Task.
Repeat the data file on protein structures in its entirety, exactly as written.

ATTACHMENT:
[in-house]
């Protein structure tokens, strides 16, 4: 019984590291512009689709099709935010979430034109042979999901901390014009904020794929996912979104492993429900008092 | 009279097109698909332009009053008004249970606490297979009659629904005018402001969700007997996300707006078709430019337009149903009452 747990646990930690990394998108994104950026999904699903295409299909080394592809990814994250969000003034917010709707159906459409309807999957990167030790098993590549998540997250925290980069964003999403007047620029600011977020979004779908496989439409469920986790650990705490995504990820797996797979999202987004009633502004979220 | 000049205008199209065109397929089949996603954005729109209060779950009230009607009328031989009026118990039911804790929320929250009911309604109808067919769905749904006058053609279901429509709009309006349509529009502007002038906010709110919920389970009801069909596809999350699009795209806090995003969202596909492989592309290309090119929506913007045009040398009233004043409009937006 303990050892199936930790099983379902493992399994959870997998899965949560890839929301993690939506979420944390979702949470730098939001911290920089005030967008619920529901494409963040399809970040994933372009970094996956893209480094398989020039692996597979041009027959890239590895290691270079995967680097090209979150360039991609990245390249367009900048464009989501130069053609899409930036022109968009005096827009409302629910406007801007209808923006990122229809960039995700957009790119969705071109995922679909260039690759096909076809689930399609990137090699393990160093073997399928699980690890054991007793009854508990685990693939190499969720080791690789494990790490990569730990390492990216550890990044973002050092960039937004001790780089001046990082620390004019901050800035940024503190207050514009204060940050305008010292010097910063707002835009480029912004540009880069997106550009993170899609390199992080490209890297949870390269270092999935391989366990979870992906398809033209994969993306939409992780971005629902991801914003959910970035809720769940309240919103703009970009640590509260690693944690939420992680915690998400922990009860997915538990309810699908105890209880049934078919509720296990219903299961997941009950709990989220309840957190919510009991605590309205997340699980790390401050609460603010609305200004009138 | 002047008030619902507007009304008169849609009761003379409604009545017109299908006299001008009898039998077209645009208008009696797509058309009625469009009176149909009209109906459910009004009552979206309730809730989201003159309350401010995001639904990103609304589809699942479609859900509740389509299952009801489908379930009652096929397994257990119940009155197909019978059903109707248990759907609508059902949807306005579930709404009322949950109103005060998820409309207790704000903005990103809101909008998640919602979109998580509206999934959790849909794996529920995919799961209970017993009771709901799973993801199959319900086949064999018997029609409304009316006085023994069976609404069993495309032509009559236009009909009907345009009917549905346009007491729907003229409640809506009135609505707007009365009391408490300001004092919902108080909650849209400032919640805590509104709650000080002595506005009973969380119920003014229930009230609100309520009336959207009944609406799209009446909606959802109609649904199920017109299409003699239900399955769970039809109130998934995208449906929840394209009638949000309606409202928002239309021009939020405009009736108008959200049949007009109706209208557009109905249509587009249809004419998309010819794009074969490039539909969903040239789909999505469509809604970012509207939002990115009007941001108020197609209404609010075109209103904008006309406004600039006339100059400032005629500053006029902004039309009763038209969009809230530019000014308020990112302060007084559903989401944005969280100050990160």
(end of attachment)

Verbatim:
[in-house]
């Protein structure tokens, strides 16, 4: 019984590291512009689709099709935010979430034109042979999901901390014009904020794929996912979104492993429900008092 | 009279097109698909332009009053008004249970606490297979009659629904005018402001969700007997996300707006078709430019337009149903009452 747990646990930690990394998108994104950026999904699903295409299909080394592809990814994250969000003034917010709707159906459409309807999957990167030790098993590549998540997250925290980069964003999403007047620029600011977020979004779908496989439409469920986790650990705490995504990820797996797979999202987004009633502004979220 | 000049205008199209065109397929089949996603954005729109209060779950009230009607009328031989009026118990039911804790929320929250009911309604109808067919769905749904006058053609279901429509709009309006349509529009502007002038906010709110919920389970009801069909596809999350699009795209806090995003969202596909492989592309290309090119929506913007045009040398009233004043409009937006 303990050892199936930790099983379902493992399994959870997998899965949560890839929301993690939506979420944390979702949470730098939001911290920089005030967008619920529901494409963040399809970040994933372009970094996956893209480094398989020039692996597979041009027959890239590895290691270079995967680097090209979150360039991609990245390249367009900048464009989501130069053609899409930036022109968009005096827009409302629910406007801007209808923006990122229809960039995700957009790119969705071109995922679909260039690759096909076809689930399609990137090699393990160093073997399928699980690890054991007793009854508990685990693939190499969720080791690789494990790490990569730990390492990216550890990044973002050092960039937004001790780089001046990082620390004019901050800035940024503190207050514009204060940050305008010292010097910063707002835009480029912004540009880069997106550009993170899609390199992080490209890297949870390269270092999935391989366990979870992906398809033209994969993306939409992780971005629902991801914003959910970035809720769940309240919103703009970009640590509260690693944690939420992680915690998400922990009860997915538990309810699908105890209880049934078919509720296990219903299961997941009950709990989220309840957190919510009991605590309205997340699980790390401050609460603010609305200004009138 | 002047008030619902507007009304008169849609009761003379409604009545017109299908006299001008009898039998077209645009208008009696797509058309009625469009009176149909009209109906459910009004009552979206309730809730989201003159309350401010995001639904990103609304589809699942479609859900509740389509299952009801489908379930009652096929397994257990119940009155197909019978059903109707248990759907609508059902949807306005579930709404009322949950109103005060998820409309207790704000903005990103809101909008998640919602979109998580509206999934959790849909794996529920995919799961209970017993009771709901799973993801199959319900086949064999018997029609409304009316006085023994069976609404069993495309032509009559236009009909009907345009009917549905346009007491729907003229409640809506009135609505707007009365009391408490300001004092919902108080909650849209400032919640805590509104709650000080002595506005009973969380119920003014229930009230609100309520009336959207009944609406799209009446909606959802109609649904199920017109299409003699239900399955769970039809109130998934995208449906929840394209009638949000309606409202928002239309021009939020405009009736108008959200049949007009109706209208557009109905249509587009249809004419998309010819794009074969490039539909969903040239789909999505469509809604970012509207939002990115009007941001108020197609209404609010075109209103904008006309406004600039006339100059400032005629500053006029902004039309009763038209969009809230530019000014308020990112302060007084559903989401944005969280100050990160």